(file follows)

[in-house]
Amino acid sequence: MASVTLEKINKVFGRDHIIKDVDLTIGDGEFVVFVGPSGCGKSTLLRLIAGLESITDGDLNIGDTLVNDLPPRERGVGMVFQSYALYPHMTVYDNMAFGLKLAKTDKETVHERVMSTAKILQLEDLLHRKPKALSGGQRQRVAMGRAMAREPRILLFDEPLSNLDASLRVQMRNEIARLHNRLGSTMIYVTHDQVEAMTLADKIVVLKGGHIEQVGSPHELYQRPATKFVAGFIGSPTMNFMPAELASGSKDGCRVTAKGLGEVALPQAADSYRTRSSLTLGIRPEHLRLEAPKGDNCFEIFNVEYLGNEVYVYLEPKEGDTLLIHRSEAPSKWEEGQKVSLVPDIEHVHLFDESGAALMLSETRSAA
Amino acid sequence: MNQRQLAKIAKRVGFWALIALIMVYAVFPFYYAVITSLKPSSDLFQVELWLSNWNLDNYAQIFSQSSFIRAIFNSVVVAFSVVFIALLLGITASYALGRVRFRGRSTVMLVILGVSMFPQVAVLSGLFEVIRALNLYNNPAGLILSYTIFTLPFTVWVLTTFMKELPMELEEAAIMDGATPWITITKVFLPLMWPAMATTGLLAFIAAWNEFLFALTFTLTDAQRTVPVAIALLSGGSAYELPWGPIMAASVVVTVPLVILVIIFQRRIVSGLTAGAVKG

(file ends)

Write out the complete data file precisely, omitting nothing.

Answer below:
[in-house]
Amino acid sequence: MASVTLEKINKVFGRDHIIKDVDLTIGDGEFVVFVGPSGCGKSTLLRLIAGLESITDGDLNIGDTLVNDLPPRERGVGMVFQSYALYPHMTVYDNMAFGLKLAKTDKETVHERVMSTAKILQLEDLLHRKPKALSGGQRQRVAMGRAMAREPRILLFDEPLSNLDASLRVQMRNEIARLHNRLGSTMIYVTHDQVEAMTLADKIVVLKGGHIEQVGSPHELYQRPATKFVAGFIGSPTMNFMPAELASGSKDGCRVTAKGLGEVALPQAADSYRTRSSLTLGIRPEHLRLEAPKGDNCFEIFNVEYLGNEVYVYLEPKEGDTLLIHRSEAPSKWEEGQKVSLVPDIEHVHLFDESGAALMLSETRSAA
Amino acid sequence: MNQRQLAKIAKRVGFWALIALIMVYAVFPFYYAVITSLKPSSDLFQVELWLSNWNLDNYAQIFSQSSFIRAIFNSVVVAFSVVFIALLLGITASYALGRVRFRGRSTVMLVILGVSMFPQVAVLSGLFEVIRALNLYNNPAGLILSYTIFTLPFTVWVLTTFMKELPMELEEAAIMDGATPWITITKVFLPLMWPAMATTGLLAFIAAWNEFLFALTFTLTDAQRTVPVAIALLSGGSAYELPWGPIMAASVVVTVPLVILVIIFQRRIVSGLTAGAVKG